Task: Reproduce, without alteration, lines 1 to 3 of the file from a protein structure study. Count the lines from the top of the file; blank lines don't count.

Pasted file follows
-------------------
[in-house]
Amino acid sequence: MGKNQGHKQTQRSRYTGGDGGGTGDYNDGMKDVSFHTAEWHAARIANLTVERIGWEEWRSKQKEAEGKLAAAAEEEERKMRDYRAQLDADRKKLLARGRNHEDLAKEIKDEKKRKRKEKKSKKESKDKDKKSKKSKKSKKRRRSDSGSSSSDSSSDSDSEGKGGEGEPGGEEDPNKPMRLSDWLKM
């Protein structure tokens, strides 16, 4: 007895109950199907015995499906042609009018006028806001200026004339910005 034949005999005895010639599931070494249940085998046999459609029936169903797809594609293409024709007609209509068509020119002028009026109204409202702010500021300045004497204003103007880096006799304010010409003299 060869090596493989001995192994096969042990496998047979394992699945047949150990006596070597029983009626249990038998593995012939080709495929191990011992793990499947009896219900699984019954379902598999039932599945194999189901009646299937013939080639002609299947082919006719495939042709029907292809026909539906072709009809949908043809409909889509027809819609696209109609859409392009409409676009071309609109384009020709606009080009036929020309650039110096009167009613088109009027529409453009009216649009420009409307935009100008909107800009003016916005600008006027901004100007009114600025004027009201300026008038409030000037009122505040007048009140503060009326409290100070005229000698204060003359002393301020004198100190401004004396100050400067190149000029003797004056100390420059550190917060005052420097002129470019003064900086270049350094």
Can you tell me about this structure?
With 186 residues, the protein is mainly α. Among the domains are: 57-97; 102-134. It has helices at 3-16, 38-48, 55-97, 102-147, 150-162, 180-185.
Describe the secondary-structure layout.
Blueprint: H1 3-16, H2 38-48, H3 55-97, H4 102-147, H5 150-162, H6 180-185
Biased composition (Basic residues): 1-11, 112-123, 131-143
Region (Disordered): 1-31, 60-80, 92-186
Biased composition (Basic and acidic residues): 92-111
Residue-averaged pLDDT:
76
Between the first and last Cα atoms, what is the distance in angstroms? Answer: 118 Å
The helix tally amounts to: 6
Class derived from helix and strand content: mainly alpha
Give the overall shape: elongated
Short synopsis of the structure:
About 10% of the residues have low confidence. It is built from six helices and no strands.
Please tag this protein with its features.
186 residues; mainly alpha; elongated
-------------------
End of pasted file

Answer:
[in-house]
Amino acid sequence: MGKNQGHKQTQRSRYTGGDGGGTGDYNDGMKDVSFHTAEWHAARIANLTVERIGWEEWRSKQKEAEGKLAAAAEEEERKMRDYRAQLDADRKKLLARGRNHEDLAKEIKDEKKRKRKEKKSKKESKDKDKKSKKSKKSKKRRRSDSGSSSSDSSSDSDSEGKGGEGEPGGEEDPNKPMRLSDWLKM
């Protein structure tokens, strides 16, 4: 007895109950199907015995499906042609009018006028806001200026004339910005 034949005999005895010639599931070494249940085998046999459609029936169903797809594609293409024709007609209509068509020119002028009026109204409202702010500021300045004497204003103007880096006799304010010409003299 060869090596493989001995192994096969042990496998047979394992699945047949150990006596070597029983009626249990038998593995012939080709495929191990011992793990499947009896219900699984019954379902598999039932599945194999189901009646299937013939080639002609299947082919006719495939042709029907292809026909539906072709009809949908043809409909889509027809819609696209109609859409392009409409676009071309609109384009020709606009080009036929020309650039110096009167009613088109009027529409453009009216649009420009409307935009100008909107800009003016916005600008006027901004100007009114600025004027009201300026008038409030000037009122505040007048009140503060009326409290100070005229000698204060003359002393301020004198100190401004004396100050400067190149000029003797004056100390420059550190917060005052420097002129470019003064900086270049350094």